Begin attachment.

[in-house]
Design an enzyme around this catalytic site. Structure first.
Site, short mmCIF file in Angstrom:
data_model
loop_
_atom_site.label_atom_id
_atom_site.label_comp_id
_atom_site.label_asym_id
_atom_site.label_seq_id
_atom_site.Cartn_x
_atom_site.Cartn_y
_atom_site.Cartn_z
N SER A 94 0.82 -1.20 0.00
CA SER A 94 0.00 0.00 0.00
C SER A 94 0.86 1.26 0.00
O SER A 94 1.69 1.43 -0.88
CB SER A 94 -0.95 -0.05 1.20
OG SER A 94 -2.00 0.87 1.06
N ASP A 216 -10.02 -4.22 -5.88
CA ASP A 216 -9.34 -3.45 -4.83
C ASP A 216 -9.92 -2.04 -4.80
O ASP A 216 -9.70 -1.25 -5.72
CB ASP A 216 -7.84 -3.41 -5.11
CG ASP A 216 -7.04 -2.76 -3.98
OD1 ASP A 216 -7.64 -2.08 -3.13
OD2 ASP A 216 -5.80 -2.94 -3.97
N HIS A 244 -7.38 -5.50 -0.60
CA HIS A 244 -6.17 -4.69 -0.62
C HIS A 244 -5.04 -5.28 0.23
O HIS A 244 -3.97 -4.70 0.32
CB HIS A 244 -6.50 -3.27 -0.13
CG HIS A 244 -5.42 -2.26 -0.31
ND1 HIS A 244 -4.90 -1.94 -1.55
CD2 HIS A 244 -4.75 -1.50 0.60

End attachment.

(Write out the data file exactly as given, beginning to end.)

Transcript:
[in-house]
Design an enzyme around this catalytic site. Structure first.
Site, short mmCIF file in Angstrom:
data_model
loop_
_atom_site.label_atom_id
_atom_site.label_comp_id
_atom_site.label_asym_id
_atom_site.label_seq_id
_atom_site.Cartn_x
_atom_site.Cartn_y
_atom_site.Cartn_z
N SER A 94 0.82 -1.20 0.00
CA SER A 94 0.00 0.00 0.00
C SER A 94 0.86 1.26 0.00
O SER A 94 1.69 1.43 -0.88
CB SER A 94 -0.95 -0.05 1.20
OG SER A 94 -2.00 0.87 1.06
N ASP A 216 -10.02 -4.22 -5.88
CA ASP A 216 -9.34 -3.45 -4.83
C ASP A 216 -9.92 -2.04 -4.80
O ASP A 216 -9.70 -1.25 -5.72
CB ASP A 216 -7.84 -3.41 -5.11
CG ASP A 216 -7.04 -2.76 -3.98
OD1 ASP A 216 -7.64 -2.08 -3.13
OD2 ASP A 216 -5.80 -2.94 -3.97
N HIS A 244 -7.38 -5.50 -0.60
CA HIS A 244 -6.17 -4.69 -0.62
C HIS A 244 -5.04 -5.28 0.23
O HIS A 244 -3.97 -4.70 0.32
CB HIS A 244 -6.50 -3.27 -0.13
CG HIS A 244 -5.42 -2.26 -0.31
ND1 HIS A 244 -4.90 -1.94 -1.55
CD2 HIS A 244 -4.75 -1.50 0.60